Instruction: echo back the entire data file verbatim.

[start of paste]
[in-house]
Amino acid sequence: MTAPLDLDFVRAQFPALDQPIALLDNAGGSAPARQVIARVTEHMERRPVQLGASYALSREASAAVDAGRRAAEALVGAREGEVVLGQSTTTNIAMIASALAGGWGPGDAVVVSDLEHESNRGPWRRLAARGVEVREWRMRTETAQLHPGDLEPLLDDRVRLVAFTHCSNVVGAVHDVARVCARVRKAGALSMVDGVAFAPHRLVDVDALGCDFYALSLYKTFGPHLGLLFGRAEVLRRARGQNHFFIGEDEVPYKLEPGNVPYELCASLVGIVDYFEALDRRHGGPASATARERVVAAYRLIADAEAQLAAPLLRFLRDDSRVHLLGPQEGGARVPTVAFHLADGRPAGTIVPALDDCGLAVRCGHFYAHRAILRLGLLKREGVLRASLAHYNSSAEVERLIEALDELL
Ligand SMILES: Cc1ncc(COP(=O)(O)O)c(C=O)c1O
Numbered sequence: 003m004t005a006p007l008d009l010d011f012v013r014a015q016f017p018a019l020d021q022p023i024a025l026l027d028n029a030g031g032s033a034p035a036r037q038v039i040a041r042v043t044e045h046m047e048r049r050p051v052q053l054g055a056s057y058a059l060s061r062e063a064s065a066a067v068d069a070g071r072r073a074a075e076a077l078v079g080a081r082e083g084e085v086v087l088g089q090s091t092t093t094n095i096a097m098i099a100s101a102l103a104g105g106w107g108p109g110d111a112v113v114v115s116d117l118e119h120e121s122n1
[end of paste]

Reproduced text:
[in-house]
Amino acid sequence: MTAPLDLDFVRAQFPALDQPIALLDNAGGSAPARQVIARVTEHMERRPVQLGASYALSREASAAVDAGRRAAEALVGAREGEVVLGQSTTTNIAMIASALAGGWGPGDAVVVSDLEHESNRGPWRRLAARGVEVREWRMRTETAQLHPGDLEPLLDDRVRLVAFTHCSNVVGAVHDVARVCARVRKAGALSMVDGVAFAPHRLVDVDALGCDFYALSLYKTFGPHLGLLFGRAEVLRRARGQNHFFIGEDEVPYKLEPGNVPYELCASLVGIVDYFEALDRRHGGPASATARERVVAAYRLIADAEAQLAAPLLRFLRDDSRVHLLGPQEGGARVPTVAFHLADGRPAGTIVPALDDCGLAVRCGHFYAHRAILRLGLLKREGVLRASLAHYNSSAEVERLIEALDELL
Ligand SMILES: Cc1ncc(COP(=O)(O)O)c(C=O)c1O
Numbered sequence: 003m004t005a006p007l008d009l010d011f012v013r014a015q016f017p018a019l020d021q022p023i024a025l026l027d028n029a030g031g032s033a034p035a036r037q038v039i040a041r042v043t044e045h046m047e048r049r050p051v052q053l054g055a056s057y058a059l060s061r062e063a064s065a066a067v068d069a070g071r072r073a074a075e076a077l078v079g080a081r082e083g084e085v086v087l088g089q090s091t092t093t094n095i096a097m098i099a100s101a102l103a104g105g106w107g108p109g110d111a112v113v114v115s116d117l118e119h120e121s122n1